The Function of Forms


Ask any creative UX designer and they’ll tell you that there’s nothing more boring than forms. While that may be true, forms are also one of the most important aspects of UI design – one that only tried and true professionals seem to get right.


 Before we delve into the rules of good form design, I have to once again assume the position of a naysayer. As I look at Israeli websites (especially government and service ones), I’m dismayed by how far behind they lag in their understanding of recent technological developments and their relation to forms.

Government websites have dozens of forms, most of which can be found as Word or PDF files (at least you don’t have to request them via phone). Then again, there’s no option to fill these forms online, so all forms must be printed, filled out by hand and then sent to the hapless government worker who will now type them back in.

At least word files allow you to type content. At the same time, they also allow you to change the form itself and of course can boast no kind of design or UI planning.

I understand that unidentified users can’t be allowed to file their forms online. That doesn’t means that they shouldn’t be able to fill them online, receive explanations for each field, get multiple choices and even run a few checks to avoid errors. After that the completed form could be easily printed.

Is that too much to ask? Fine, I’ll compromise. Let me download a ‘smart’ PDF file, one that you’ve given minimal thought into designing. Then I can type in my answers, receive warnings where applicable and even have some things calculated for me if needed. This will help prevent errors and make government work more efficient – that poor worker will only have to scan the form and let the program identify and store each field automatically.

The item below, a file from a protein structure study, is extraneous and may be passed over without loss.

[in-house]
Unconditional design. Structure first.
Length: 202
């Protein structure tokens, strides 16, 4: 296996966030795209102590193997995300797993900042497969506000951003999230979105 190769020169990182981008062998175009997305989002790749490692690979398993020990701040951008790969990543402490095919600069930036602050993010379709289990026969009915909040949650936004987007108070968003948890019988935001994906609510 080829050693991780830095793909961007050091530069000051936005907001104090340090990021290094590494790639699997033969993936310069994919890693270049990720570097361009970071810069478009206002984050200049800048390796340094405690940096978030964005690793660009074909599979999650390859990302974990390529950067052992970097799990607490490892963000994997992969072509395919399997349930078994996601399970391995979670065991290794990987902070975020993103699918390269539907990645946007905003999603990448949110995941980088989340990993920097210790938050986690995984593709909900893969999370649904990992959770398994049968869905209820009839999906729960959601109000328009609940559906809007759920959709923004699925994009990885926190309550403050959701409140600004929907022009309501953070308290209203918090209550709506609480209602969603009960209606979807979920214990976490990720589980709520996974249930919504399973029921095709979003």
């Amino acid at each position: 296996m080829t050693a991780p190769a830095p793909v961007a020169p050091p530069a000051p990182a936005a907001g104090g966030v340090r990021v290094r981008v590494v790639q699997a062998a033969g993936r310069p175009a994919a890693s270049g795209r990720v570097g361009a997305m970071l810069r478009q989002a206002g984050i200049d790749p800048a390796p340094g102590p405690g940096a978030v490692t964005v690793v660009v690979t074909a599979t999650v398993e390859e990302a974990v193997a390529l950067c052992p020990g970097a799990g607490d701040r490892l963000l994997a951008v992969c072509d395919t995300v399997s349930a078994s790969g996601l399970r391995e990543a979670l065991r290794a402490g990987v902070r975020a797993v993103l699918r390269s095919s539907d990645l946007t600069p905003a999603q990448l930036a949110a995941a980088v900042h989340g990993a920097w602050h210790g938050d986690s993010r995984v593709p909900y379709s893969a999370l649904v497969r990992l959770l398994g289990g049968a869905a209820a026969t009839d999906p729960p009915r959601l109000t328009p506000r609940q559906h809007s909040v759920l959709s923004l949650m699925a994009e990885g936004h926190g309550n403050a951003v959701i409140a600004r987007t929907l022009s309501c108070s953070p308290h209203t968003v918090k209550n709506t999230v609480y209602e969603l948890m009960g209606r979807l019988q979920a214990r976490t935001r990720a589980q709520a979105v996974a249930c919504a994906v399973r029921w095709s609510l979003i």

Think I’m delusional? The British Revenue Service can show you how it’s done.


How to Plan Your Form

As you make your forms widely available to users, remember that clear and simple forms keep customer service calls away. While you’re planning and designing your form, look out for the following things:

  • If your online form is especially long, divide into several screens or expanding and collapsing segments. At the end of the process, let the users review everything they’ve entered and of course edit it if necessary.
  • Keep your field order logical. Move from top to bottom, and if the order of the fields or segments is significant make sure you number them. If your fields should be filled in any particular order, keep unfilled fields grayed-out and unavailable until they become relevant (also supply a pop-up warning for those who try to fill them out prematurely).
  • Make pop-up explanations available next to their relevant fields.
  • When a field is filled out incorrectly, present a warning. If this is an online form, make sure your warning appears by the relevant field in a distinct color. Do not automatically erase the user’s erroneous entry.
  • Irrelevant fields should become grayed-out or disappear entirely.
  • Provide multiple choice options wherever possible, to help avoid mistakes (this includes calendars).
  • Do not combine two fields in one (like the government form I found, that asked users to fill in their “marital status and children under 18”).
  • Try to avoid putting two fields in a single row (This isn’t always possible, for example when you need to fill in a service, its cost and the amount of work hours it required).
  • Whenever possible, split fields into clear segments (you can use vertical lines).
  • Use your design to differentiate between the field header and the field itself.
  • Mark your required fields (unless they’re all required).
  • Eliminate visual noise: Align your fields and headers to the same point.



Member of